Dead men don't commit terrorism, and it is far better for civil liberties at home if one goes to Afghanistan to kill terrorists who've attacked one's country than it would be to turn one's own country into a police state in a futile bid to keep tabs on every single person who might be sympathetic to Islamic aggression - and don't forget that anybody can convert to the religion, as many people of all races and backgrounds do, while there's no obligation to tell anyone about having done so. What we're talking about here is the national equivalent of the difference between a woman staying at home and installing window bars after being raped, or the police seeking out her attacker and putting him away forever. Isolationism is not a serious long-term answer to terrorism.

Steve Edwards

"...it is far better for civil liberties at home if one goes to Afghanistan to kill terrorists who've attacked one's country than it would be to turn one's own country into a police state in a futile bid to keep tabs on every single person who might be sympathetic to Islamic aggression..."

But the problem of late appears to be that the terrorists have overwhelmingly come from *home* (i.e. as citizens, and either first or second generation immigrants). Now, certainly I do not favour a police state, but it does seem that police work alone has had some success in preventing terrorist attacks in both Australia and Canada. We don't really need more stringent laws - just more cops and snitches to enforce existing ones.

Steve Edwards

As for Chuckles - my position is most certainly not a moral one; it is more accurately described as utilitarian. I like to apply similar principles to government policy whether at home or abroad - to wit, there has to be clear evidence that any appropriation is justified by some tangible benefit, preferably in excess of the appropriation.

I'm not a strict isolationist in that I certainly support setting up international networks of spooks, double-agents, bagmen, assassins and other undesirables in order to carry out the unsavoury aspects of state policy where necessary. Nevertheless, I generally don't support overt warfare except in self-defense or retaliation - primarily because of the extraordinary cost involved - and I certainly oppose all humanitarian interventions.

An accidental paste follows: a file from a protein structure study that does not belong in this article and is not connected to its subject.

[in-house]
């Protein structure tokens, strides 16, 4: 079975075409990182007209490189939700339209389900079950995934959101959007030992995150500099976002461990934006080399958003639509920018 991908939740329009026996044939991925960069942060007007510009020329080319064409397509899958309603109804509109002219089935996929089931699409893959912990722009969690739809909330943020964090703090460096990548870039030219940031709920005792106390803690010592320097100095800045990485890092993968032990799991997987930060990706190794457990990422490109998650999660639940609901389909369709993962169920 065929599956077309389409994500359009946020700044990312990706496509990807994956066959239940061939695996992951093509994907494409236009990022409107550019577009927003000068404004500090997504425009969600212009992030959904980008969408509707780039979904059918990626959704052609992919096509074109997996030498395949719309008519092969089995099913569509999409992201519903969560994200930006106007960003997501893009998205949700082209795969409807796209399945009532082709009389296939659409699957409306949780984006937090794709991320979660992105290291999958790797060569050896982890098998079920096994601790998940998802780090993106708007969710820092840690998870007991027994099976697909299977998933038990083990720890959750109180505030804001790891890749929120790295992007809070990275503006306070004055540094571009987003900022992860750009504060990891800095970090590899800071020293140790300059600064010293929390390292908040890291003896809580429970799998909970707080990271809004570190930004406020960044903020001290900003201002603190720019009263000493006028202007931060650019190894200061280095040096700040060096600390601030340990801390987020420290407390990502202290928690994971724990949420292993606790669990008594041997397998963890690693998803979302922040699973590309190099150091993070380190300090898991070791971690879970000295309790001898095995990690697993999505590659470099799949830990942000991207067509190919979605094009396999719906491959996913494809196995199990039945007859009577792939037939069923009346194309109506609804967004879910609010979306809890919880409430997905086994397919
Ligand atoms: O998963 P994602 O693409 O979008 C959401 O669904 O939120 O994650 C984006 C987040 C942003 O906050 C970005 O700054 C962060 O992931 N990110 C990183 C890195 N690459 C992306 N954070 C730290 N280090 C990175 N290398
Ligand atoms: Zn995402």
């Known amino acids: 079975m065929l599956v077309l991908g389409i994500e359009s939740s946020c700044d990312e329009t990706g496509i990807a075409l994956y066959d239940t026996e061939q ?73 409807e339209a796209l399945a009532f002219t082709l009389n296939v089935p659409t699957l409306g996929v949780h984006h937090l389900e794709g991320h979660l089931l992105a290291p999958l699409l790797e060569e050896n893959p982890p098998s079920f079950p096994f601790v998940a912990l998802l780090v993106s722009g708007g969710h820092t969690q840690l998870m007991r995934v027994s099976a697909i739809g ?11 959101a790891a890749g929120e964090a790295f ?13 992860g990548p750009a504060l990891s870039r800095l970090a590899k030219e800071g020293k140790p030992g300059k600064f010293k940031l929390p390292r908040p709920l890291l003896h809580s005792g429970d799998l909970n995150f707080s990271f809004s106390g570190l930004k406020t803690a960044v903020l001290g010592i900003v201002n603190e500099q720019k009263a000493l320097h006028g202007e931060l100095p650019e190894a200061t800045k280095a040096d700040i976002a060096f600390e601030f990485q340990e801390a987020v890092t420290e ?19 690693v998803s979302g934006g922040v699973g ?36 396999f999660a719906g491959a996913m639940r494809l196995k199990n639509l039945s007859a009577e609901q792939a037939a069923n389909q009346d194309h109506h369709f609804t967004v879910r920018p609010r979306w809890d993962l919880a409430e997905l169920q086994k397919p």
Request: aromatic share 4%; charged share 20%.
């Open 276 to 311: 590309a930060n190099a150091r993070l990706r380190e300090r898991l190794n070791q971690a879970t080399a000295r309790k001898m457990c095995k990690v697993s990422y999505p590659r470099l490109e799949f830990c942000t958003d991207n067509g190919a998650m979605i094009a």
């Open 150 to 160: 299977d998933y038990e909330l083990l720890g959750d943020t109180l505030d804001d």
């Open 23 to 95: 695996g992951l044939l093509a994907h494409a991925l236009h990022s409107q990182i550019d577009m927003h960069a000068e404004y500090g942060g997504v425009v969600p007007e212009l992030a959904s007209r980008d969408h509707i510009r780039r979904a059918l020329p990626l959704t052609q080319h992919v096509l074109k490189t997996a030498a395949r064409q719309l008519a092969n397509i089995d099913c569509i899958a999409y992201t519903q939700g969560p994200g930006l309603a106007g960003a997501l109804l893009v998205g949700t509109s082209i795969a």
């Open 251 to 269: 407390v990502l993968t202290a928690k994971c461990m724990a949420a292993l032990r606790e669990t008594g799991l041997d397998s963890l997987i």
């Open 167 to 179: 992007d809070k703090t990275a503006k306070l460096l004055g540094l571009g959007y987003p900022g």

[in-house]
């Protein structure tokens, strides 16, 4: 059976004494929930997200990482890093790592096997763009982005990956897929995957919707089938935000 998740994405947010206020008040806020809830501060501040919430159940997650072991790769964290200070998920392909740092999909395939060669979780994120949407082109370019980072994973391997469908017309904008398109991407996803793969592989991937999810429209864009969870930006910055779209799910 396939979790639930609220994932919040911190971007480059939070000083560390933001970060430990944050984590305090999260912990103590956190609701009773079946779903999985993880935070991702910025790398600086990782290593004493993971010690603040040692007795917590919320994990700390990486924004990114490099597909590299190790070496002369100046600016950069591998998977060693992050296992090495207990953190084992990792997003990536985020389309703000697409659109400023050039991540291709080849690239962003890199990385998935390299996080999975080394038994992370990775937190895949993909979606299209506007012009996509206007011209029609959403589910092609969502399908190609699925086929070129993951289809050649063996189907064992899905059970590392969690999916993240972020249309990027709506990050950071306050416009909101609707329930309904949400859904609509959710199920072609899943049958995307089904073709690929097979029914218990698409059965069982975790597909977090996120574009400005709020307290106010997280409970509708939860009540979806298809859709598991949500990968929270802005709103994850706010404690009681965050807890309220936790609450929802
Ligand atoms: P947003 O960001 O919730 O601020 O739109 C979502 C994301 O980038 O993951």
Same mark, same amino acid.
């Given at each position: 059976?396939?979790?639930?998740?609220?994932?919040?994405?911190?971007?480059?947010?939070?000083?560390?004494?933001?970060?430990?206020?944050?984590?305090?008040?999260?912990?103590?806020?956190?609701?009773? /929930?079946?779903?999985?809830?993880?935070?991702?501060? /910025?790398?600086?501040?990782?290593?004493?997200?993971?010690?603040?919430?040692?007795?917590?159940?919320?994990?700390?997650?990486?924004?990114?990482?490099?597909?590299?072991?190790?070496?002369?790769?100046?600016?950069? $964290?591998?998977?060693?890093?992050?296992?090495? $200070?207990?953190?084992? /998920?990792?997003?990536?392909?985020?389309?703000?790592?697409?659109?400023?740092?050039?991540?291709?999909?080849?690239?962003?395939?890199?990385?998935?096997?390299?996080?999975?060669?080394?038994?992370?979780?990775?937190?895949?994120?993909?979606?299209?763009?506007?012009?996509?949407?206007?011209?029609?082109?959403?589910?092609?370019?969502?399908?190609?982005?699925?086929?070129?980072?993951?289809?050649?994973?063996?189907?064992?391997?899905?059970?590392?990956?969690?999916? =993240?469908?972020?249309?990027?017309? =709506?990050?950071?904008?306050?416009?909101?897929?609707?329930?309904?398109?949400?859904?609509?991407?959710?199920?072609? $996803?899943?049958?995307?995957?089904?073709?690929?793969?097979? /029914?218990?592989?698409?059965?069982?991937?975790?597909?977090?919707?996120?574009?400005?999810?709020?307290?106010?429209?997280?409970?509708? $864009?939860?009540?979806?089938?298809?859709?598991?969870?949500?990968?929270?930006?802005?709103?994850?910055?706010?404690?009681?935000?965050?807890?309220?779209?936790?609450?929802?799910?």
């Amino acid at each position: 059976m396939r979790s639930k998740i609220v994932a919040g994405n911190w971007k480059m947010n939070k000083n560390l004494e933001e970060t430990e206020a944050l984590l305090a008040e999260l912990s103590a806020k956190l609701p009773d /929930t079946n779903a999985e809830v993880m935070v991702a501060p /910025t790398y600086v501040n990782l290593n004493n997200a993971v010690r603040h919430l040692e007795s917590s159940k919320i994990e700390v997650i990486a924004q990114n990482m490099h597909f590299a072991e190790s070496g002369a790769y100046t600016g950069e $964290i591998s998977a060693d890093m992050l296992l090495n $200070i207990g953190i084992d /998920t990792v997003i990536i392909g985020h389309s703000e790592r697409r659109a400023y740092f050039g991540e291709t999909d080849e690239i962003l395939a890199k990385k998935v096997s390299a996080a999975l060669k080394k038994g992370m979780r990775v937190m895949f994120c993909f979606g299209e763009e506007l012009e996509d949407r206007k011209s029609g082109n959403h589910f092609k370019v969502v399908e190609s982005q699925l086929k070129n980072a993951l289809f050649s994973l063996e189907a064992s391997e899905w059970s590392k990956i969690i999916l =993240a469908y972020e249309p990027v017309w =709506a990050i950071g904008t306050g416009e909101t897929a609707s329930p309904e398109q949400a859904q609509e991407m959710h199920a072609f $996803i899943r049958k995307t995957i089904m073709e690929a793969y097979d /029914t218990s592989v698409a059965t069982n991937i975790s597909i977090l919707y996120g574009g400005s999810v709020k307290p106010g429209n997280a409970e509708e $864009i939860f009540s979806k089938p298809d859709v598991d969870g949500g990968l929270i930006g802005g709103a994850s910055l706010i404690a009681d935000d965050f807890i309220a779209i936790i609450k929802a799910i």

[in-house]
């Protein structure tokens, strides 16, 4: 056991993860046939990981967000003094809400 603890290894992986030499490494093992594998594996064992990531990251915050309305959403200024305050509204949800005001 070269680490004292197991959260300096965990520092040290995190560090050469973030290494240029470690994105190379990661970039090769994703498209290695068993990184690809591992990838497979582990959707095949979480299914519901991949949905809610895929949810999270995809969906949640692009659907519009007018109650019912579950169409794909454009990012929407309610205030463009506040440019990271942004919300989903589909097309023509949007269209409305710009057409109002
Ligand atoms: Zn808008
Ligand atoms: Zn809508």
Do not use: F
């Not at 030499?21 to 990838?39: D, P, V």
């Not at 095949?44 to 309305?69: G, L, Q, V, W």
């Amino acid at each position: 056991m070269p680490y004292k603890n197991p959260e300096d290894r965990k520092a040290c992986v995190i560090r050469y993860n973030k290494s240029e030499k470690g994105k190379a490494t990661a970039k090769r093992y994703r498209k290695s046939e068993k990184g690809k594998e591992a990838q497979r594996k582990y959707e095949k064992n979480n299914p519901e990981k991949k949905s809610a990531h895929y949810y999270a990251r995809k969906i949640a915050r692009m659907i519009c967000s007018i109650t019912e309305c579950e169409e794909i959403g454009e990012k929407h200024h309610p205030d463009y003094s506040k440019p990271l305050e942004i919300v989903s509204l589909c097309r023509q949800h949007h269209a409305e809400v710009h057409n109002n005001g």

Alex Jones

The arrests in Toronto are no surprise, Muslims believes are the same whatever the country.The recipe is a mixture of envie, lack of interaction with young women, and alianation. Envie from the fact that western societies have been the only driving force
to the world of today. Nothing and when I say nothing is absolutely nothing, has come from Islam in the last five hundred years; evrything muslims use today comes from Western creativity, which is the result of our institutions, and way of life.All these Muslims in western nations are here for necessity because the teaching of the Book has created deseased societies , imbued with old miths,where earsay is a fact, where lieing is another tool to survival, violence is the essence to deal with the problems of the world, blackmail is the norme. Sexual tabue's have driven masses of young Muslims to become violent psycotic.
Obviousely they rarely integrate and found thmeselves at the margin of everything.
The solution is to keep them under surveillance and mostly not to let anymore of them to come to the West.

Regence

There is no doubt at all that the root cause of the problem is ISLAM. Any other explanation is just baloney. This religion preaches that everyone who is not a muslim is an enemy of islam (kafir) and should be killed. No ifs and buts about this.